‘Let’s Sin’: Thou shalt not kill

ISTANBUL (CIHAN)- After grabbing the Best Film prize at last year’s Istanbul Film Festival with his fantastical film “Sen AydInlatIrsIn Geceyi” (Thou Gild’st The Even), Turkish director Onur unlu moved at the speed of light and is presenting his latest feature, “ItirazIm Var” (Let’s Sin), in the national feature competition section of this year’s Istanbul festival.

The timing of the film’s festival premiere is “manidar” (meaningful), as one would say in Turkish, since the film will also be released in theaters this week, but more importantly its subject matter has much to do with the current sociopolitical and moral situation of the country.

On that note, there will be many factions that will be disturbed by the director’s stylistic approach to illustrating religious practices and might even forward a motion to get the film banned, but the film’s heart is definitely in the right place and its main issue is to hint at the hypocrisy of people who use religion for their own gain.

Don’t get me wrong this is not a heavyweight intellectual drama. Quite the contrary, this is a detective action-comedy with an unexpected main character: Our detective is a mosque’s imam!

Longtime unlu collaborator Serkan Keskin is Selman Bulut, a middle-aged imam whose intellectual and philosophical aspirations make him out to be a witty, wise, honest and open-minded religious leader. He is much respected and admired in his neighborhood, which is a part of Istanbul’s Karaköy district, and all he wants to do is lead an honest life.

One day a man is killed in his mosque and because Bulut does not believe that the police are doing a good job of trying to solve the murder, he decides to take matters into his own hands. He starts suspecting his own muezzin and the street children of the neighborhood, and tries to follow all the leads he can. The problem is that Bulut already has a lot to deal with on his plate: He’s trying to deal with the fact that his daughter (Hazal Kaya) has already moved in with her hapless boyfriend (Öner Erkan) out of wedlock and, even worse, he’s got a committee from the Religious Affairs Directorate inspecting his mosque.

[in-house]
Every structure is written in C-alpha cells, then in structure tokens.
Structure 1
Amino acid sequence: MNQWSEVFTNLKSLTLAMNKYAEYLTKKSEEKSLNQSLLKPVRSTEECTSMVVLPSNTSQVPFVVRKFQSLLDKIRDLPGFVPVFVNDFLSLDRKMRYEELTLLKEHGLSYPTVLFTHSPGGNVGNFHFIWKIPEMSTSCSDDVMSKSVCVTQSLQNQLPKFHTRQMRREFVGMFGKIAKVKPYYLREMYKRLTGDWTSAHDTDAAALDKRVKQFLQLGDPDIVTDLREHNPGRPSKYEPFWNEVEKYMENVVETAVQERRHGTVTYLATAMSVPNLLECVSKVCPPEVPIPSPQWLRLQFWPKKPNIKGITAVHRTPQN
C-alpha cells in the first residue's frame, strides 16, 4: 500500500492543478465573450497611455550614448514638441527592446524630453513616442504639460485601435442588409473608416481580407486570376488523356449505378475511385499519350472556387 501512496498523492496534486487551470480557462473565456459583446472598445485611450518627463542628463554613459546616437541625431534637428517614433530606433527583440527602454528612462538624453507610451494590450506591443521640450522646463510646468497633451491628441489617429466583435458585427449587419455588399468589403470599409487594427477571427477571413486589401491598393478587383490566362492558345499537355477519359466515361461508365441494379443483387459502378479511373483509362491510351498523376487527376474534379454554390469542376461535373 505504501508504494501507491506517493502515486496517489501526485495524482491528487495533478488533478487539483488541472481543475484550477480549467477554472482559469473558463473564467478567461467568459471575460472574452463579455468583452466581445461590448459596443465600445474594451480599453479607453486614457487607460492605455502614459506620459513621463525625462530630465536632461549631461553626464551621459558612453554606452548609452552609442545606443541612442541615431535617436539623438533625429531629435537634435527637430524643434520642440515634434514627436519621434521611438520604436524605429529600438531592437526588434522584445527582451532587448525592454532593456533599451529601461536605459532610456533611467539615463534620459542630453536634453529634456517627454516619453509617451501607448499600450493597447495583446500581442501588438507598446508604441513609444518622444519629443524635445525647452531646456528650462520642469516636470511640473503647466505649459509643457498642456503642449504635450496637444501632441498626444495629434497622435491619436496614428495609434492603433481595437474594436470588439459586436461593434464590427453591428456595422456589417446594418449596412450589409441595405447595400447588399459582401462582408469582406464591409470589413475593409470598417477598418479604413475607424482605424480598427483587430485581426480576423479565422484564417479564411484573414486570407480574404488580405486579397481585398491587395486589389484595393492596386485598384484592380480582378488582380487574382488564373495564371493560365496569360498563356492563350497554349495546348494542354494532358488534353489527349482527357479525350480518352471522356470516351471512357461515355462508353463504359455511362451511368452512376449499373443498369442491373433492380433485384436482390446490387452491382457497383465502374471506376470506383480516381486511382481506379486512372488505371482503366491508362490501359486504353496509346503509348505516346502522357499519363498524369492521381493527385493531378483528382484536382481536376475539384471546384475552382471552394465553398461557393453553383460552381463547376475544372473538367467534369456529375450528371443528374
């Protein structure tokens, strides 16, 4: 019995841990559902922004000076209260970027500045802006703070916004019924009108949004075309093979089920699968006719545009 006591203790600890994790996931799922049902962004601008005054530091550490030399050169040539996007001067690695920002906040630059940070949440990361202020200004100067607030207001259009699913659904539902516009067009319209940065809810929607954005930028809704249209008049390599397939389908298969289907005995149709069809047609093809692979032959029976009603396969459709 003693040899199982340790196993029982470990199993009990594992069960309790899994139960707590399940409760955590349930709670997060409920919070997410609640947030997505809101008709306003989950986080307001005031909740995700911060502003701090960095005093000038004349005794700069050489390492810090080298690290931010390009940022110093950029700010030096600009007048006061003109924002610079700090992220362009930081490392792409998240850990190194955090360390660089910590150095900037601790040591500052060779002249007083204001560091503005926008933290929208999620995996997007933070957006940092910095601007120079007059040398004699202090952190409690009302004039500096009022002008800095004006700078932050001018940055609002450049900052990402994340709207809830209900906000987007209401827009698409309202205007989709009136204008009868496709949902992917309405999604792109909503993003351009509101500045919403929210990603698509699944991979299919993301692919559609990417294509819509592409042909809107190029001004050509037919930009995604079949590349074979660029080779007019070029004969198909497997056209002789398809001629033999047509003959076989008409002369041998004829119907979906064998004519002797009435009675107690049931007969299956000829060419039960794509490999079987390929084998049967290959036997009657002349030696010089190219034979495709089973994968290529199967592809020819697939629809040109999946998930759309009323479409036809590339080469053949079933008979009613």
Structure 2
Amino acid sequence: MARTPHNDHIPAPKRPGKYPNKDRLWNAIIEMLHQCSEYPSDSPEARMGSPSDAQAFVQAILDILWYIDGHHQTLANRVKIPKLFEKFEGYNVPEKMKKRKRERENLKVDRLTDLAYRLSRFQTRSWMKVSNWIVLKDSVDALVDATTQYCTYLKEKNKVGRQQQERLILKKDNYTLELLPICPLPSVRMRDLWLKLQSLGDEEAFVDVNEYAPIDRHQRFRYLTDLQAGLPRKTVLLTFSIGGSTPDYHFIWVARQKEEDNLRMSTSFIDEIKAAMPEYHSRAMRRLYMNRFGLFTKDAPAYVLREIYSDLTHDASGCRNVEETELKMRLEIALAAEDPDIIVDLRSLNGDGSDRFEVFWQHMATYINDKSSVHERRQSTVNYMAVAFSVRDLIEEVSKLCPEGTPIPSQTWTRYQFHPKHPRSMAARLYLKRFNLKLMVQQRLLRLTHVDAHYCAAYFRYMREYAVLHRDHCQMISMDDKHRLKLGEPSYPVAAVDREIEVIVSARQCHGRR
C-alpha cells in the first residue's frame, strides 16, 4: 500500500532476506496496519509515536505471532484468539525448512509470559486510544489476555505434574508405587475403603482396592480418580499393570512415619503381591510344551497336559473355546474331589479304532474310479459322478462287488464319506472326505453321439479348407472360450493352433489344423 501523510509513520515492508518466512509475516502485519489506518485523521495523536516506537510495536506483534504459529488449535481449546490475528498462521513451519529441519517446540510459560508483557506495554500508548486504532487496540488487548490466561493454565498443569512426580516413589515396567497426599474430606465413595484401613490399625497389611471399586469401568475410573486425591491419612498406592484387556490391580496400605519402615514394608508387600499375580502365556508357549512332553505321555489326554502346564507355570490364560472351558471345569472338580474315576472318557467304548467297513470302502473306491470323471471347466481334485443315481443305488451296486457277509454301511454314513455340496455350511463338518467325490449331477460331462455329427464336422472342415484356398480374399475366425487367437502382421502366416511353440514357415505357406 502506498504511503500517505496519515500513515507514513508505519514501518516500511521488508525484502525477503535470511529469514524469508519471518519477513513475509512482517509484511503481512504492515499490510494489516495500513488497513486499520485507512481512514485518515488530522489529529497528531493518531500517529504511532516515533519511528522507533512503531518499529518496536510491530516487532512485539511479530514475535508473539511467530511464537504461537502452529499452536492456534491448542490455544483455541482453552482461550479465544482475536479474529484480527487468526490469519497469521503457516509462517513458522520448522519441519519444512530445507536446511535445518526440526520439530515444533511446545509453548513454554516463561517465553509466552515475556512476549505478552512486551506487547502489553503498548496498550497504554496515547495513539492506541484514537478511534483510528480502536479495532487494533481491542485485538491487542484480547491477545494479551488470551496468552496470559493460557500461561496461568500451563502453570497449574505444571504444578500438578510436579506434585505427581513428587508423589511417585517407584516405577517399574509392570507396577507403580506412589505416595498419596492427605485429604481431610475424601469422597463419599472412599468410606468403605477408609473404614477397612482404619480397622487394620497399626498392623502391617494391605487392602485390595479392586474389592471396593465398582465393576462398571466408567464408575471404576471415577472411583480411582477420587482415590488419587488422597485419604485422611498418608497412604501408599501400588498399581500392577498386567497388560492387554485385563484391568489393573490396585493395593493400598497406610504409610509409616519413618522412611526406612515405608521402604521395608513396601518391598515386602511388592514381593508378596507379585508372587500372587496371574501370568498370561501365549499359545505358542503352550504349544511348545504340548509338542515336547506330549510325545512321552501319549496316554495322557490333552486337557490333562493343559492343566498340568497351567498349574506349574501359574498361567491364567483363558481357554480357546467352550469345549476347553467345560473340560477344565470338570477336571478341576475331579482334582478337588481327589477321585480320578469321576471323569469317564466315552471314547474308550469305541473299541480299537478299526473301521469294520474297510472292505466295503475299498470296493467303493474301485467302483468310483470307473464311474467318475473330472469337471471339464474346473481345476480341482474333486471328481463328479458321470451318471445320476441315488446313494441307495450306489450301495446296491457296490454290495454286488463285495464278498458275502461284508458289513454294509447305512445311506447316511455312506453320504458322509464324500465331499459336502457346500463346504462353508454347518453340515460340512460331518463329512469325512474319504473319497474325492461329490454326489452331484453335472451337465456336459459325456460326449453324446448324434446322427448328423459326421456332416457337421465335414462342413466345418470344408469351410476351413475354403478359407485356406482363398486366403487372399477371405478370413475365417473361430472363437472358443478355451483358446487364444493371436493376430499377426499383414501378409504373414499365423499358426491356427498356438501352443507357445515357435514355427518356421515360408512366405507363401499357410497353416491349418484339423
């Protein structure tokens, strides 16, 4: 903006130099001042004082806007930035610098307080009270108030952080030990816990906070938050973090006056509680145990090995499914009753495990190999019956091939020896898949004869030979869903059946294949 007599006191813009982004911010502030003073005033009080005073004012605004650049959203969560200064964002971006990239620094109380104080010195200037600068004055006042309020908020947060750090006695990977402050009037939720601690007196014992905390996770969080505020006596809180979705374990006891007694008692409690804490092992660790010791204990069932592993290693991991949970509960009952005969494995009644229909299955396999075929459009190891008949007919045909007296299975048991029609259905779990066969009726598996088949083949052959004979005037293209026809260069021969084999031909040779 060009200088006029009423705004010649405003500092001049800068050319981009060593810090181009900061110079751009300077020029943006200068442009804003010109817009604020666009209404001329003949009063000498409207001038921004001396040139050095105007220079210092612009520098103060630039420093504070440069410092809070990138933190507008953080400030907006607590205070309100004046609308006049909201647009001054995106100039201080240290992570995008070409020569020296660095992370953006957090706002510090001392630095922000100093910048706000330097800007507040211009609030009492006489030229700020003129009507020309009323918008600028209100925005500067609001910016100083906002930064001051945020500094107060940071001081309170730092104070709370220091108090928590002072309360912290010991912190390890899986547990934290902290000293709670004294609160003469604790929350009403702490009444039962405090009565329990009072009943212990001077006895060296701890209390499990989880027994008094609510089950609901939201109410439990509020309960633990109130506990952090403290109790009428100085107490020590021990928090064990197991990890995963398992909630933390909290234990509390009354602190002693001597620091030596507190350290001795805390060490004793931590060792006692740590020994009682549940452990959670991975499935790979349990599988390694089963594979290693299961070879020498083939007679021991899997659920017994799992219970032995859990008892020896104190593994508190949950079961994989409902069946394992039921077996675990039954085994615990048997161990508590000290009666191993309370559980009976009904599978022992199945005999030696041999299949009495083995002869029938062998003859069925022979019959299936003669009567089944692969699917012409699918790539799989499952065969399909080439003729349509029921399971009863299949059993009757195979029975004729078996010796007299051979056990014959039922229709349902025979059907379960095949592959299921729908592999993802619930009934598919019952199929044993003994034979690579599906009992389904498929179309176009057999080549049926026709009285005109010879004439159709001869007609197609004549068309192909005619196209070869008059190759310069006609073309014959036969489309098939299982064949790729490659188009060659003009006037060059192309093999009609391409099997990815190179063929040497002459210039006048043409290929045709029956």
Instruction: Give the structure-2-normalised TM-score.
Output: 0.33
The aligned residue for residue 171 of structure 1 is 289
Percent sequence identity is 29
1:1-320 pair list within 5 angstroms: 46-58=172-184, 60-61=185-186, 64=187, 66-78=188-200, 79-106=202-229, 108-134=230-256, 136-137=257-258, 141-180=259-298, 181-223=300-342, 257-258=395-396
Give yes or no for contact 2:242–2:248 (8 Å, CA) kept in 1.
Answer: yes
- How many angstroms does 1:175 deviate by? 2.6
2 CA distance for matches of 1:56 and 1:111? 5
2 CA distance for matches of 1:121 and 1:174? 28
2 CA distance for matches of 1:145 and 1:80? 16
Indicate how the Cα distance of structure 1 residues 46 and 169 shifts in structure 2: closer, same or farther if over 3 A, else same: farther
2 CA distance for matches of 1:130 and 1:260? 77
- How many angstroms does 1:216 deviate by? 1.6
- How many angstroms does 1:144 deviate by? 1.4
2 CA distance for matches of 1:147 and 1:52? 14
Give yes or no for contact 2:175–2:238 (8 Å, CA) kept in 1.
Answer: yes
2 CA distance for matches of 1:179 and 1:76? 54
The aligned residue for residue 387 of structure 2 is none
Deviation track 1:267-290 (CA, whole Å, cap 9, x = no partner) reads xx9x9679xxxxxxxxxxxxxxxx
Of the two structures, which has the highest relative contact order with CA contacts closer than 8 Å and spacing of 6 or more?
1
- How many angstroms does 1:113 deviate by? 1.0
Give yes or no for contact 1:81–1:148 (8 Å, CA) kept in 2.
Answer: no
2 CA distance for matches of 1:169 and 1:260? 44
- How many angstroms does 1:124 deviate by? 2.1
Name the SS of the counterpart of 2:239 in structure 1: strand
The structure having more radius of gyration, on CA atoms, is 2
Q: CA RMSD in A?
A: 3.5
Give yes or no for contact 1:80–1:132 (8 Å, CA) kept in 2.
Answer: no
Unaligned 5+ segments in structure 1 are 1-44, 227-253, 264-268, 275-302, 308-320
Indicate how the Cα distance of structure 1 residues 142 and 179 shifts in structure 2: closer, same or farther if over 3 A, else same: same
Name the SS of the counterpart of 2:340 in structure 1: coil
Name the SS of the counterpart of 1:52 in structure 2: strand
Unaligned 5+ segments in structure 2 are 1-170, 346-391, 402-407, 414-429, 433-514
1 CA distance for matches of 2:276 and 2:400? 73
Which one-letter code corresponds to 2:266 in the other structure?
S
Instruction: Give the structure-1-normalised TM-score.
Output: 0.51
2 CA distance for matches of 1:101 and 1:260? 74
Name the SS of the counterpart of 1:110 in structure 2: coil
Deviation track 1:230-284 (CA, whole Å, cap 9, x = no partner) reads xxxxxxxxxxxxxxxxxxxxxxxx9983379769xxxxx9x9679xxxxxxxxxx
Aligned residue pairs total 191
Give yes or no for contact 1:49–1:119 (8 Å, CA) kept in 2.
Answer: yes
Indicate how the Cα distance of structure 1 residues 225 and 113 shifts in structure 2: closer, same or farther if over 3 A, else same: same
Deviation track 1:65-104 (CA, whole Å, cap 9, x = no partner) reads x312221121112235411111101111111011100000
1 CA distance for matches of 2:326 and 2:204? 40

Bit by bit, Bulut will get to the bottom of the murder with the help of some of his odd friends and on the way encounters dangerous and shady characters trying to kill him. The police are never of much help. In fact, at one point they suspect the good imam of perpetrating the crime.

Indeed the murder will be solved within the conventions of the genre but the film’s ably crafted structural mathematics is not the main element that makes it unforgettable and unique. It is the idiosyncratic humor and ingenuity of unlu’s dialogues (co-penned by SIrrI Surreya Önder) that create an utterly unforgettable political and social satire. The film is consistently questioning the meaning of morality and puts forward the idea that the cosmetic practice of religion does not denote the existence of spirituality or of being a “good person.”

Bulut might be a subversive character in Keskin’s atypical portrayal, but his main priorities are always to protect the weak, to search for the truth and to fight against corruption.

One must also mention Keskin’s performance at this point — the man has such great timing for comedy while managing to embody a human and compassionate face that he grabs our attention from start to finish. I would hope that unlu and Keskin continue their collaboration and bring about a Selman Bulut sequel for the big screen.

This is a mischievous film and greatly enjoyable to watch its satirical elements are the kind which anyone in Turkey (whatever segment of society)an relate to. Surely stubborn and rigid minds will be offended by various elements (especially the use of music and a sequence with alcohol intakes), but if watched with an open mind, “Let’s Sin” has much to offer to anyone who would like to laugh and think at the same time.

It’s great to see that Turkish comedy is not only in the hands of filmmakers who prefer toilet humor.

(CihanToday’s Zaman)